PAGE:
Now, I'm not a Pollyanna about this one win, no matter how satisfying it might have been. After last season's solid bowl win over Michigan State, I think I made the mistake of being too quick to ass-out-of-you-and-me-assume that the problems that had made 2008 such a disappointment were automatically on the way to being solved, which clearly they weren't; I'm not going to make that same mistake this time around, because I know there's a lot of work to do over the next couple months. Souls will have to be searched, hard questions will have to be asked, and yes, people will have to get fired.
And no, beating Georgia Tech doesn't change that. Looked at a certain way, the GT win really shines an even more glaring light on some of our larger failings this season -- if we really had this much talent in the backfield, why didn't it start producing anything until halfway through the season? If we could screw our heads on straight enough to maintain a positive turnover margin against the #7 team in the country (and, it should be said, a team that came into the game 28th in the country in that category, at +6), why couldn't we do it against teams like South Carolina or Arizona State? If we could corral an offense as dangerous as Georgia Tech's as solidly as we did for four quarters Saturday, why did we only do it for two quarters when we faced them last year -- and why did we do it only intermittently (or in some cases not at all) against much lesser teams this time around?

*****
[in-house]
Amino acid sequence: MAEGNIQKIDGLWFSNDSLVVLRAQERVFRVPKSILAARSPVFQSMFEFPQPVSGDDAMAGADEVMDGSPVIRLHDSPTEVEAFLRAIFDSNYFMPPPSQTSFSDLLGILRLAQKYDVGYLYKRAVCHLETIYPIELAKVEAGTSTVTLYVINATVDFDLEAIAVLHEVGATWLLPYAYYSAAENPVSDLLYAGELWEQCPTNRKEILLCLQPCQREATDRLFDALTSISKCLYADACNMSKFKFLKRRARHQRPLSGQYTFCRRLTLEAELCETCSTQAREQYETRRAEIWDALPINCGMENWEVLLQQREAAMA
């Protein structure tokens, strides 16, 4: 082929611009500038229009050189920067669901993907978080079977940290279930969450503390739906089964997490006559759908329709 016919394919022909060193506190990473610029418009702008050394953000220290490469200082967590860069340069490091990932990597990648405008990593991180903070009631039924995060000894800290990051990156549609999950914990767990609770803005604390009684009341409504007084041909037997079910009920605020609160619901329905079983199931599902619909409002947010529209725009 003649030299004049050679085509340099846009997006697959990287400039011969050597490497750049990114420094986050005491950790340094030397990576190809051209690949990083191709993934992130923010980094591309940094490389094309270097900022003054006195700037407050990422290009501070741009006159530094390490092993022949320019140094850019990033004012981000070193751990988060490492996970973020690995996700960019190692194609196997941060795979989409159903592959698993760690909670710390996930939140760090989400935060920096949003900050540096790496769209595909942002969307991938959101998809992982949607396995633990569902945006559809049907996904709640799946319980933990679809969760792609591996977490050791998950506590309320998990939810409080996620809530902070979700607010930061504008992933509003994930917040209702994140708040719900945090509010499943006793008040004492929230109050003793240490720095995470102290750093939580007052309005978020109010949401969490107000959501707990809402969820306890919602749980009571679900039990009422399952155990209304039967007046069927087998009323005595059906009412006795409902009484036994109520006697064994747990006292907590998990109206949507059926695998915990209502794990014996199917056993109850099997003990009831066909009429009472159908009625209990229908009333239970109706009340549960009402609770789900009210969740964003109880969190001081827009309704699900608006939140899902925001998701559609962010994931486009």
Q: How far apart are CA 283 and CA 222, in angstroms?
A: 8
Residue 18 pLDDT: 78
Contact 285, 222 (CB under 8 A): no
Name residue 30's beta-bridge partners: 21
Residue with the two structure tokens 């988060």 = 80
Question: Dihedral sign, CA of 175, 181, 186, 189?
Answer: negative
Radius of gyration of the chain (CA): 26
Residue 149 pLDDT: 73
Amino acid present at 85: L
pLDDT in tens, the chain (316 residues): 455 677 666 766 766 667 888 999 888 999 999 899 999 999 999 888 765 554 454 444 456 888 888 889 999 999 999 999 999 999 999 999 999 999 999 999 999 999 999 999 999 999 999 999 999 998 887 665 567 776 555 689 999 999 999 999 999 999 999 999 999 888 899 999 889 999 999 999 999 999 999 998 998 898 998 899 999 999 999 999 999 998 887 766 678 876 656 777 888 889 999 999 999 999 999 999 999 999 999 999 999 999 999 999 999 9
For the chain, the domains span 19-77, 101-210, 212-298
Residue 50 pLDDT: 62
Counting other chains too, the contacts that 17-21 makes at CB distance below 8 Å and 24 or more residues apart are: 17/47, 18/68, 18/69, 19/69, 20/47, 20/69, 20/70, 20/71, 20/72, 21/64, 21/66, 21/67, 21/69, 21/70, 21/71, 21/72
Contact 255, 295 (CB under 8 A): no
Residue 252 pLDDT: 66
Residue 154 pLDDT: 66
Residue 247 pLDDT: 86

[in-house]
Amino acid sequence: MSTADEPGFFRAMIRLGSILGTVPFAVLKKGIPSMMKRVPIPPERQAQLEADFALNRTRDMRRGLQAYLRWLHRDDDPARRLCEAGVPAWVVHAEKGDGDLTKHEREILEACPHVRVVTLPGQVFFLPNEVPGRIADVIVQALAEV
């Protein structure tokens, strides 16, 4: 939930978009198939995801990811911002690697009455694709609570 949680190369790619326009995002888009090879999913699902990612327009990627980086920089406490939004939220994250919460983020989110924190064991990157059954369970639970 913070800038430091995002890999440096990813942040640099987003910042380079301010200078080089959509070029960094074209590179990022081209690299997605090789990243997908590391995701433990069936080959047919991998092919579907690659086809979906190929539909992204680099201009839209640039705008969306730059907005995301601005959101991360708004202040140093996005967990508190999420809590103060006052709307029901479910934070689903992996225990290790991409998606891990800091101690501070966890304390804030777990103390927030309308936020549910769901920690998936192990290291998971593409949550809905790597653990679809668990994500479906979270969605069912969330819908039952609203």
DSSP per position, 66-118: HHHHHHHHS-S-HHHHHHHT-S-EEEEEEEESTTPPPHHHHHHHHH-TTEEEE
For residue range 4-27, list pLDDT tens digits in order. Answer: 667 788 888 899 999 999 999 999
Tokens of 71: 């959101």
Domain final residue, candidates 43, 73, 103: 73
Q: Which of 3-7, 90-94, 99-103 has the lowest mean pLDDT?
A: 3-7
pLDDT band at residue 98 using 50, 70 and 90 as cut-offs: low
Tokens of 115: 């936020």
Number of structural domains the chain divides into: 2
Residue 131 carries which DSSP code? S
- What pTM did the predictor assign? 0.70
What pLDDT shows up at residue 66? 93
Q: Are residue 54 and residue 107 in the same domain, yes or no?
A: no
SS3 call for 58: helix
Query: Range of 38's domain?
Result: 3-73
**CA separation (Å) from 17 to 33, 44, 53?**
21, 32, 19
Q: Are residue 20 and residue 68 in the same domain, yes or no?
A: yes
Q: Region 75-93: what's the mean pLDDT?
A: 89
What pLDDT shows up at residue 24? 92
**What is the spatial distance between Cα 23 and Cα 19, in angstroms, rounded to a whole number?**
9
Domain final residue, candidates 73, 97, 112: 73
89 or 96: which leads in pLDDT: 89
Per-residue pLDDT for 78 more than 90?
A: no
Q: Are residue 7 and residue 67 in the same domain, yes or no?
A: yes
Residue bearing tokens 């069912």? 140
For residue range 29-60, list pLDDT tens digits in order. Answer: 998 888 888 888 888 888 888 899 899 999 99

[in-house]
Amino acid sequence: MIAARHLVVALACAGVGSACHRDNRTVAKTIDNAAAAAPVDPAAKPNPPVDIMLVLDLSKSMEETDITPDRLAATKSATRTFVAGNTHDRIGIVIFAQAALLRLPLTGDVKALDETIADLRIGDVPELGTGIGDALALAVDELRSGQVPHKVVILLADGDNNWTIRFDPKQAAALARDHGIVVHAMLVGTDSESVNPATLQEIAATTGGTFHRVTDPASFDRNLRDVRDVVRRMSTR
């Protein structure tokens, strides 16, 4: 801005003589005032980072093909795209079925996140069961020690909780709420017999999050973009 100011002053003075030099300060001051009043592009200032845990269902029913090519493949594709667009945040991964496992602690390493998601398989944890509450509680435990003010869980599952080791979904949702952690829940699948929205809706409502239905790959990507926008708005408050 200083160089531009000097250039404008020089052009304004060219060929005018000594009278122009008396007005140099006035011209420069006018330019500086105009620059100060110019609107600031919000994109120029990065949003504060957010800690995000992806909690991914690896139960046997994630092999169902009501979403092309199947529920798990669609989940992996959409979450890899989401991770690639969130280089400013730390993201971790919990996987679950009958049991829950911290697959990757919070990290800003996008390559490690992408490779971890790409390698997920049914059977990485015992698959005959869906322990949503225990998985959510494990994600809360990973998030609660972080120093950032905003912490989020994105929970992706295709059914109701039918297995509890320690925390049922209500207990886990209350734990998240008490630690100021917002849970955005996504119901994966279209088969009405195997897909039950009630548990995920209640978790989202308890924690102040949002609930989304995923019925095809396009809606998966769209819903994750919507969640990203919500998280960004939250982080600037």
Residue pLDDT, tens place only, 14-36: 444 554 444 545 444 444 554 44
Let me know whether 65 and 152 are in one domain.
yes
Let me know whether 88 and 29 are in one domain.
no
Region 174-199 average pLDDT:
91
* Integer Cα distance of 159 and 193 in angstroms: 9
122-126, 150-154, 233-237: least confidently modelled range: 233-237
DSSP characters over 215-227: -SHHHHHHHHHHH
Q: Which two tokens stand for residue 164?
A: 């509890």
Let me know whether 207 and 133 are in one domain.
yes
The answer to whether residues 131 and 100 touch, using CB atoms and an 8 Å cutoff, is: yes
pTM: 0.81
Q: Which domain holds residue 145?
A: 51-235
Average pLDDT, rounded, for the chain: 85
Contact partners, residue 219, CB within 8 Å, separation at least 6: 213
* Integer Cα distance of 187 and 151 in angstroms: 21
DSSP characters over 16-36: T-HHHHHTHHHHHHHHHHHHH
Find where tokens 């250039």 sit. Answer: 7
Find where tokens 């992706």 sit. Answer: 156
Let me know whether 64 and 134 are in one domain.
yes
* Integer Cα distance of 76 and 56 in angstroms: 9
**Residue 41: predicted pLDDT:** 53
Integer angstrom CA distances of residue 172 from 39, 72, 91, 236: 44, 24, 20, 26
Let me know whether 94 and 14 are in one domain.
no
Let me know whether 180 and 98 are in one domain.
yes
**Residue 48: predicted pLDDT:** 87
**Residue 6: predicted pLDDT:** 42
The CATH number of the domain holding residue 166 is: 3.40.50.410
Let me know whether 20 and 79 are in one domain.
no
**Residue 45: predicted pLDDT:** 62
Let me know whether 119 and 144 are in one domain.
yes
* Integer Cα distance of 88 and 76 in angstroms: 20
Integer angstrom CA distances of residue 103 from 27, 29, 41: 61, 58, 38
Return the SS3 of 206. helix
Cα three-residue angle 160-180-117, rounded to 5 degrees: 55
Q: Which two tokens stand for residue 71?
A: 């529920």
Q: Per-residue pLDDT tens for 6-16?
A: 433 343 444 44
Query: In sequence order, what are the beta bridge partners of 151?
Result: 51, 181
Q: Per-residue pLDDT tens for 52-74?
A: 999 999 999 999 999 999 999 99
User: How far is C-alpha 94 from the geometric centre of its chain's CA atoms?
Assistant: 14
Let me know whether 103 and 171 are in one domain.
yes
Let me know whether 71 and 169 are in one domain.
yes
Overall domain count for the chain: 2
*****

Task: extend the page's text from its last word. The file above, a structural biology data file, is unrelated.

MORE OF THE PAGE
Like I said, hard questions will have to be asked and very hard decisions will have to be made; I'll be digging into these topics over the next couple weeks. If Mark Richt makes the same mistake I made last year (and, evidently, that he made last year too) and assumes that one win has turned everything back in the right direction on its own, then we're more than likely going to be having this same conversation in a year's time, only in more desperate tones, and with yet more (like Richt's own job) on the line. But if Richt takes full stock of the season as a whole and full responsibility for his staff's failings, and makes changes in both personnel (no matter how hard they might be for him personally) and the overall attitude and mentality of the program, then there's reason to think that with the talent we have on hand, we'll be more than capable of fulfilling the promise this program seemed to display two years ago when we were marching out of the Superdome with 11 wins, a Sugar Bowl trophy, and a top-five ranking in our pocket.
Reshad, after all the crap you've had to take from me, the refs, and everyone else, you deserve some credit for being a DGD.
A lot of ifs, I know. But we'll cross that bridge when we get to it; for right now, I'm certainly not going to let those difficult considerations cloud my enjoyment of a win over GT. I'll never be disappointed about beating the nerds, particularly at a juncture where they were angling to seize the mantle of the state's premier college football program. That may happen eventually, Techies -- law of averages, infinite monkeys with infinite typewriters, and all that -- but for right now, we're still Georgia and you're still Tech, and that still sucks for you.